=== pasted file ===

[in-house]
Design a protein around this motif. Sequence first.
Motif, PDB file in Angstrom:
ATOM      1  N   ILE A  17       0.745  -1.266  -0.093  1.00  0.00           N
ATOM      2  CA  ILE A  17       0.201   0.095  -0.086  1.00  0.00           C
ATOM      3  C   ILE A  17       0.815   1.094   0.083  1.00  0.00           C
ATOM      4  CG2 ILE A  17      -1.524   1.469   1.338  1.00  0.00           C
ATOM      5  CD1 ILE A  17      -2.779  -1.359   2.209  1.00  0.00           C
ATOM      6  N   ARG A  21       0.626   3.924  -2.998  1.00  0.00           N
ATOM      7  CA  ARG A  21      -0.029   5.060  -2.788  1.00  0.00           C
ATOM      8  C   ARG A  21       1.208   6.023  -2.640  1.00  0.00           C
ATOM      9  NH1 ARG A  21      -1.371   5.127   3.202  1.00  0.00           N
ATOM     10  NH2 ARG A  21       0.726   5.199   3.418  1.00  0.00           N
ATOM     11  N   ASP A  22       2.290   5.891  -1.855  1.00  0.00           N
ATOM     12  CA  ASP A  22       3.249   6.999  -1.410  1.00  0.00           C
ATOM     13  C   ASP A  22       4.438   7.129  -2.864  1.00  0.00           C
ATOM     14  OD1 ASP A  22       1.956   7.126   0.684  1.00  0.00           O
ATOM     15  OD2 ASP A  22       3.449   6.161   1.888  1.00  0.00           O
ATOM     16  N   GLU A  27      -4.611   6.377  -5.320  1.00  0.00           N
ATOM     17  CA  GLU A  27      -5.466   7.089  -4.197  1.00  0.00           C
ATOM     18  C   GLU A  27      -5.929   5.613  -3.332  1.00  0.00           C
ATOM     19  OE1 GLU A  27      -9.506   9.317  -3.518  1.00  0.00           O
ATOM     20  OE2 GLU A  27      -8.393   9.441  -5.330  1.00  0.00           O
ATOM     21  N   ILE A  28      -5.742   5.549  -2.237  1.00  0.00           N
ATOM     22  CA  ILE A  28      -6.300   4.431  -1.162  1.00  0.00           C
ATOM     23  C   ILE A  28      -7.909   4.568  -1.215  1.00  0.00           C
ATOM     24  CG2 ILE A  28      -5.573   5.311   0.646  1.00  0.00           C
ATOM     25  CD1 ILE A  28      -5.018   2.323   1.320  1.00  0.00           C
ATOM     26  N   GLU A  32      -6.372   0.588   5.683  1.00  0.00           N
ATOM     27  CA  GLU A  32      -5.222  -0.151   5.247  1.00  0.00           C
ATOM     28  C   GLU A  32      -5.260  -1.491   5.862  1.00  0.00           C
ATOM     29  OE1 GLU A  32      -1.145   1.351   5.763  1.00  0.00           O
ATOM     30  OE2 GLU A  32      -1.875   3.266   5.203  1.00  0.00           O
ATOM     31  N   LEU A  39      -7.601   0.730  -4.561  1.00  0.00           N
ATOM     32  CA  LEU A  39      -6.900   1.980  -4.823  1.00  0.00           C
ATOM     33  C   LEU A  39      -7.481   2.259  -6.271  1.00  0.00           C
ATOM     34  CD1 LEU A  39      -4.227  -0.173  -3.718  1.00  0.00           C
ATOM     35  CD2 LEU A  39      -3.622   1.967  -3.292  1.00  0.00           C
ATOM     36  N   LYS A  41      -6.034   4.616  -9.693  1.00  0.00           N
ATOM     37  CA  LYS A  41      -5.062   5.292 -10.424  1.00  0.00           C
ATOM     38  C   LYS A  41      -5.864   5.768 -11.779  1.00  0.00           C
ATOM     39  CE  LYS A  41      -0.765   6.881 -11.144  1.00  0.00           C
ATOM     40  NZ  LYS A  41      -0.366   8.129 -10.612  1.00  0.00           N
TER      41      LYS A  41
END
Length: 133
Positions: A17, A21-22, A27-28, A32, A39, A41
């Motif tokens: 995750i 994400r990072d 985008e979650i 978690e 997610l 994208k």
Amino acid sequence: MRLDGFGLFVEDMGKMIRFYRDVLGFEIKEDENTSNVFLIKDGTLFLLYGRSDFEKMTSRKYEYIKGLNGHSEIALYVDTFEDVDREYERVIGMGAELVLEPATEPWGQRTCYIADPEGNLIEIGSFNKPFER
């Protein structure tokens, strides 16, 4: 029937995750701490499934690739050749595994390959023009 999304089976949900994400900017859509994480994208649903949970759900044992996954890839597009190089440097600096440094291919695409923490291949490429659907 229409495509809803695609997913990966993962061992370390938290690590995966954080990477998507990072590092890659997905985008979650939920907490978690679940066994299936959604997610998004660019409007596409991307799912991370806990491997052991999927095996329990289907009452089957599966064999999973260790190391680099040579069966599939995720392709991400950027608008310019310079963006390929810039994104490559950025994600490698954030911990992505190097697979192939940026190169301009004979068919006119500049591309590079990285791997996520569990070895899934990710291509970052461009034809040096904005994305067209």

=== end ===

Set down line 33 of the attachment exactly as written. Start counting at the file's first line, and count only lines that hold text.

ATOM     30  OE2 GLU A  32      -1.875   3.266   5.203  1.00  0.00           O